In the WSJ’s “Check brokerage statements and online accounts for signs of fraud” Priya Anand recommends closer look at your monthly brokerage statement to detect fraud. Fraud perpetrated by hacking into your account may range from “unauthorized trades to manipulate stock prices” all the way to transferring funds from your account to their. The article recommendations include: “never log into an account from a public computer”, checking for unauthorized transactions in all statements, “strong passwords” and never clicking on email links claiming to be from financial institution even if they look real.
In the Financial Post’s “The toxic duo of taxes and inflation on high-net worth Canadians” Michael Nairne writes that the latest Ontario budget will “saddle affluent families with ever-growing tax burden. While the budget delivered hefty immediate tax increases for taxpayers in Ontario’s two new top tax brackets, the real damage over the coming years will be courtesy of the fact that these tax brackets will not be indexed for inflation.” Those relying on RRIFs will be hit especially hard hit as “the ever-increasing mandatory withdrawals will be subject to higher and higher tax rates. For some, bracket squeeze will be the coup de grâce to their retirement dreams.”
According to recently released May 2014 S&P/Case-Shiller Home Price Indices home prices are increasing at a slower pace at 9.4% YoY vs. 10.9% the previous month. “Home prices rose at their slowest pace since February of last year,” Miami and Tampa are up YoY 13.2% and 10.2% respectively, and 1.2% and 1.8% MoM.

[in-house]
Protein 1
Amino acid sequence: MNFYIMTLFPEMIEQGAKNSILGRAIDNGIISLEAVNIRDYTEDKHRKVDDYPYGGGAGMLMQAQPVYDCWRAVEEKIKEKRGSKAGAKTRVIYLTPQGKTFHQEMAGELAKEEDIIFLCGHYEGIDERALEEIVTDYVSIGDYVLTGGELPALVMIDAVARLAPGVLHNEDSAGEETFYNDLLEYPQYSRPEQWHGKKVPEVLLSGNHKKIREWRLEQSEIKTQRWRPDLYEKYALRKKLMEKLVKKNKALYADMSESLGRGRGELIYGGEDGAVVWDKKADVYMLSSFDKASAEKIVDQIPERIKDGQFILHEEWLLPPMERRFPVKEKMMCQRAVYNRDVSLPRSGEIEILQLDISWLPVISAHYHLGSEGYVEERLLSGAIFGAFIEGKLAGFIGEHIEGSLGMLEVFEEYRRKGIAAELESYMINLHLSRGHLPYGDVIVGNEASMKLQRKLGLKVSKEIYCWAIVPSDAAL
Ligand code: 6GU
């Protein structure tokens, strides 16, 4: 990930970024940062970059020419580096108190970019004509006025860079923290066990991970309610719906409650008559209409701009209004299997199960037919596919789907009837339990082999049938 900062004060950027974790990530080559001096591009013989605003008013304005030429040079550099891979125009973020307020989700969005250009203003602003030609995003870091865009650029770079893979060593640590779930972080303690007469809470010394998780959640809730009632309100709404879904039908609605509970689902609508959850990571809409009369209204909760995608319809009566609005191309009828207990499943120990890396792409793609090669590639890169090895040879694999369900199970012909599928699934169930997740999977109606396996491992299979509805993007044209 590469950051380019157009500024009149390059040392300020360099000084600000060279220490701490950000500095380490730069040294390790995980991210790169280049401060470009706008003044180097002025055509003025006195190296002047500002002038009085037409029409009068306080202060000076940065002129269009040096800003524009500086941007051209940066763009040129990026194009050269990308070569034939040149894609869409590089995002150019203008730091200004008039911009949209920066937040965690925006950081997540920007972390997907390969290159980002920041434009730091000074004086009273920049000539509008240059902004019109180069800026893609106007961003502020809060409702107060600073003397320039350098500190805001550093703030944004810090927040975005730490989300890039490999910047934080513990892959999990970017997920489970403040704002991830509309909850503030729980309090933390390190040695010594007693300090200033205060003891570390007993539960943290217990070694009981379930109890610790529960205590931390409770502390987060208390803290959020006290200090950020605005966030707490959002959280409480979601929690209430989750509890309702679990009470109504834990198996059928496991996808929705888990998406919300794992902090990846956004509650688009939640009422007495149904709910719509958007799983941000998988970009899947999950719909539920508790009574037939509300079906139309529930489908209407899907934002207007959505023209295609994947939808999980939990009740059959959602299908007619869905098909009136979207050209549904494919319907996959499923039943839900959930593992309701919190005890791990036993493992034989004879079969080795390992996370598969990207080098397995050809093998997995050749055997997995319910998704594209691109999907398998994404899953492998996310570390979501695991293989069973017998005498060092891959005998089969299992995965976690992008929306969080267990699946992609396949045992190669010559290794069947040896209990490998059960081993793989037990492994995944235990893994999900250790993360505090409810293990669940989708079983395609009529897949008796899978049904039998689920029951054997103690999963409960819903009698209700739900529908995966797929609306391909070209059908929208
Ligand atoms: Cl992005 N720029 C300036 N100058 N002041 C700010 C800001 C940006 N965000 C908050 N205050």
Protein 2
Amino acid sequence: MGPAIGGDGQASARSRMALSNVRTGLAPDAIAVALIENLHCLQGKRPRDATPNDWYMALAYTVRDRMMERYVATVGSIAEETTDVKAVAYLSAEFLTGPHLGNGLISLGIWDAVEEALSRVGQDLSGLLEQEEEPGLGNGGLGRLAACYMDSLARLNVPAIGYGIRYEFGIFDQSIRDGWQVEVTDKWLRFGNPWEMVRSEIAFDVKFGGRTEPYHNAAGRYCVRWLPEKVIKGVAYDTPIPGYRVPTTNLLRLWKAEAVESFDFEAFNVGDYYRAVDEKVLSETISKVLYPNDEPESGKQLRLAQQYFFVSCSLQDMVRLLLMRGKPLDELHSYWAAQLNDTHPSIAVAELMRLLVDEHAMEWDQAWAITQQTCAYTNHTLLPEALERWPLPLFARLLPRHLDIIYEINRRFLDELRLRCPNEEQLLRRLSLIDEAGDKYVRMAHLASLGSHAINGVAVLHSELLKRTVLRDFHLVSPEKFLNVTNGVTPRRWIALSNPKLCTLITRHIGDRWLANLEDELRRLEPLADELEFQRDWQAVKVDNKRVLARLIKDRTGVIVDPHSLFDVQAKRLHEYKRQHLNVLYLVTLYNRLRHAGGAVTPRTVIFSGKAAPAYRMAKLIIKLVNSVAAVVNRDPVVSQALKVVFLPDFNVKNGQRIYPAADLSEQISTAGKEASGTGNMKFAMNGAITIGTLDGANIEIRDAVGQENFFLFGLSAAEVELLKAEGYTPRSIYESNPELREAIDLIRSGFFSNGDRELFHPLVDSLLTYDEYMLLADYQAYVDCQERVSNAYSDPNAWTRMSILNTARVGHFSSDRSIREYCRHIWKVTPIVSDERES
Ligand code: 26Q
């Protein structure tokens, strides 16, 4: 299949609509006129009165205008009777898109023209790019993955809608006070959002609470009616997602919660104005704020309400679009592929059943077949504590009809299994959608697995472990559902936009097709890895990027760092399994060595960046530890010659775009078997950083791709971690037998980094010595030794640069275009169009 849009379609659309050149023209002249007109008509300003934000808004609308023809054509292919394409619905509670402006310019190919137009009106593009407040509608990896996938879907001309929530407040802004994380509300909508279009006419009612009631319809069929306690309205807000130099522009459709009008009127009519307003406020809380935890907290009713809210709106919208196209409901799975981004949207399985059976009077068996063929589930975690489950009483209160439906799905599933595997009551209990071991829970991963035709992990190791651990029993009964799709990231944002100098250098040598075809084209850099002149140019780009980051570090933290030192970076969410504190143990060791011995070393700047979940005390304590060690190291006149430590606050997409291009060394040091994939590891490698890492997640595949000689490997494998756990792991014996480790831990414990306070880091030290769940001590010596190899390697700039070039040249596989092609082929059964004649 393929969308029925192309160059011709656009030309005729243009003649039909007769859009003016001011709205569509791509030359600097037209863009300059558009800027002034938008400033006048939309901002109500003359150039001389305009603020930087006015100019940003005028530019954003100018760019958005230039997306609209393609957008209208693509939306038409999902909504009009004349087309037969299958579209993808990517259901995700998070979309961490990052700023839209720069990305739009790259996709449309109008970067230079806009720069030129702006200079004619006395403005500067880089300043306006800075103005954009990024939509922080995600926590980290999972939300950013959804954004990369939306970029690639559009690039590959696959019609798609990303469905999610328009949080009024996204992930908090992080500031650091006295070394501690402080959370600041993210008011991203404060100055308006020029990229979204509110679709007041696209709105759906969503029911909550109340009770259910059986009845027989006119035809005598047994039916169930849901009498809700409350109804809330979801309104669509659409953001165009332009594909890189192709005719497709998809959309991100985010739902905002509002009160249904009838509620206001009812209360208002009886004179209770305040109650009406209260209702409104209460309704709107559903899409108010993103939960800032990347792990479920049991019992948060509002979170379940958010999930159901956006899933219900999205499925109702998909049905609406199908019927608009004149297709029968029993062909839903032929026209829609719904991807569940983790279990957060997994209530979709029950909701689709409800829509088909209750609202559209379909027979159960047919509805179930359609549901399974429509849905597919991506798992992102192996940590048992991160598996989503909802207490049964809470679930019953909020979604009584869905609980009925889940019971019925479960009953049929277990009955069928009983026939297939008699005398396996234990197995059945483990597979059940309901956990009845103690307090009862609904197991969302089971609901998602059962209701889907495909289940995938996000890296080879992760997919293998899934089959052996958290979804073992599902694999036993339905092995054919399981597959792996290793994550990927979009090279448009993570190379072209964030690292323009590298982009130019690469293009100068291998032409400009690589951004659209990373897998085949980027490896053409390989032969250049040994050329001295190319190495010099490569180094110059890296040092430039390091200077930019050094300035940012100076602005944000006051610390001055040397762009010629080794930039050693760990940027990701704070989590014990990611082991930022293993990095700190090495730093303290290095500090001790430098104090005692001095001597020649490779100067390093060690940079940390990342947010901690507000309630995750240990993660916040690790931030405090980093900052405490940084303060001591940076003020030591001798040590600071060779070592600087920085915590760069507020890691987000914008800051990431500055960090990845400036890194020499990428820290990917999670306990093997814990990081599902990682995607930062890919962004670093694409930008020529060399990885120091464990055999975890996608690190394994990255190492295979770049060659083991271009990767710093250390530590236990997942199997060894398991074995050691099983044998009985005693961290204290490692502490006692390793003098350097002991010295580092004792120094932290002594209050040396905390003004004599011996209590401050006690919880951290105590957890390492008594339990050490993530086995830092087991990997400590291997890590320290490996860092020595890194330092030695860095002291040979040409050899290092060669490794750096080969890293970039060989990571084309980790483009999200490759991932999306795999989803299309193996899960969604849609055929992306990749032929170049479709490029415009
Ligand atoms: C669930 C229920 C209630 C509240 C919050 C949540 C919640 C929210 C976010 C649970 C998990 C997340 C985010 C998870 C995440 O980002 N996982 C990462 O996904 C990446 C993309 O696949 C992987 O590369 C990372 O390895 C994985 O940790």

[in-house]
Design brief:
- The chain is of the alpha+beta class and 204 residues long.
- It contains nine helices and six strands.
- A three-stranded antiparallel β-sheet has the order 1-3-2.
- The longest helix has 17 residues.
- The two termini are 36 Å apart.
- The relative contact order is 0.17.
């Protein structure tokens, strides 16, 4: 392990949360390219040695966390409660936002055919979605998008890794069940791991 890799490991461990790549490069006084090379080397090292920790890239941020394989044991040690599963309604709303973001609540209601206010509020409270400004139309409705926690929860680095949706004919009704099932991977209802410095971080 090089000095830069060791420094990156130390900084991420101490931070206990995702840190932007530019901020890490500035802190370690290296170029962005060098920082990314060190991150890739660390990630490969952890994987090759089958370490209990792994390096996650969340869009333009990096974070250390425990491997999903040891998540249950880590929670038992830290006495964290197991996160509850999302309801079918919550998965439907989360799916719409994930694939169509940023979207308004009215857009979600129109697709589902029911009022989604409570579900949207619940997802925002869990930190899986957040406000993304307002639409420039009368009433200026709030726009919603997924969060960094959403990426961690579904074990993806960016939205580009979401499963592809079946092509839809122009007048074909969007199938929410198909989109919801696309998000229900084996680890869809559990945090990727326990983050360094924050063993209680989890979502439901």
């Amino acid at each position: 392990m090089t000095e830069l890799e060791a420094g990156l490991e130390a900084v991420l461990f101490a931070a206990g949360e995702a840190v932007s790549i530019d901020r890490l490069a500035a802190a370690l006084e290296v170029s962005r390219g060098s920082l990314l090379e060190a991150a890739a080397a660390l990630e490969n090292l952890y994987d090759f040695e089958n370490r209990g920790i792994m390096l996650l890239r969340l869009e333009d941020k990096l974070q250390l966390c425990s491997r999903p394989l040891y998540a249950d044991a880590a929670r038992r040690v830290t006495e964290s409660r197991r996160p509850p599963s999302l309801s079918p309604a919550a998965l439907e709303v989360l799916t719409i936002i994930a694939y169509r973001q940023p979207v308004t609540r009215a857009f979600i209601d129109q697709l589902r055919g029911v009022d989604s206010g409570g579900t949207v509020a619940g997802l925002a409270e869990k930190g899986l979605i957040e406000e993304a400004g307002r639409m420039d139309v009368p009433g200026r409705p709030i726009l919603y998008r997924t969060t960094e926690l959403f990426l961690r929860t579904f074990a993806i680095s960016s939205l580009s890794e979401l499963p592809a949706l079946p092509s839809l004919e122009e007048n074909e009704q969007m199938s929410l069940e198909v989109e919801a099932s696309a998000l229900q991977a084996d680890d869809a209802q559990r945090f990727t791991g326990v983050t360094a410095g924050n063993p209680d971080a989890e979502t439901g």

In the Palm Beach Post “Nearly six years for South Florida home values to hit pre-recession high” Kimberly miller reports that “South Florida home values remain 36 percent below their June 2006 peak, and won’t get back to that level until mid-2019, according to a new analysis from housing research firm Zillow… While prices rocketed skyward in 2012 and 2013, the increases have since slowed as investor interest wanes… But the area is still likely to see higher price gains than the nation.”
Pensions and Retirement Income
In the Financial Times’ “Australia’s $1.7T private pension system faces sweeping reforms” interim report recommendations drive to making Australia’s already superior private pension system to make it even better by lowering costs and adding innovation like some form of compulsory deferred annuitization. (Australia is heading in the right direction with recommendations for the next phase of pension reform: lower cost, passive vs. active investment approach, a focus on income in retirement vs. assets including possibly mandatory longevity insurance; in the meantime pension reform in Canada shows little or no action, the best the federal government could provide is the PRPP which so far has been received with little enthusiasm, and led to Ontario’s decision to proceed with what effectively is an expended CPP)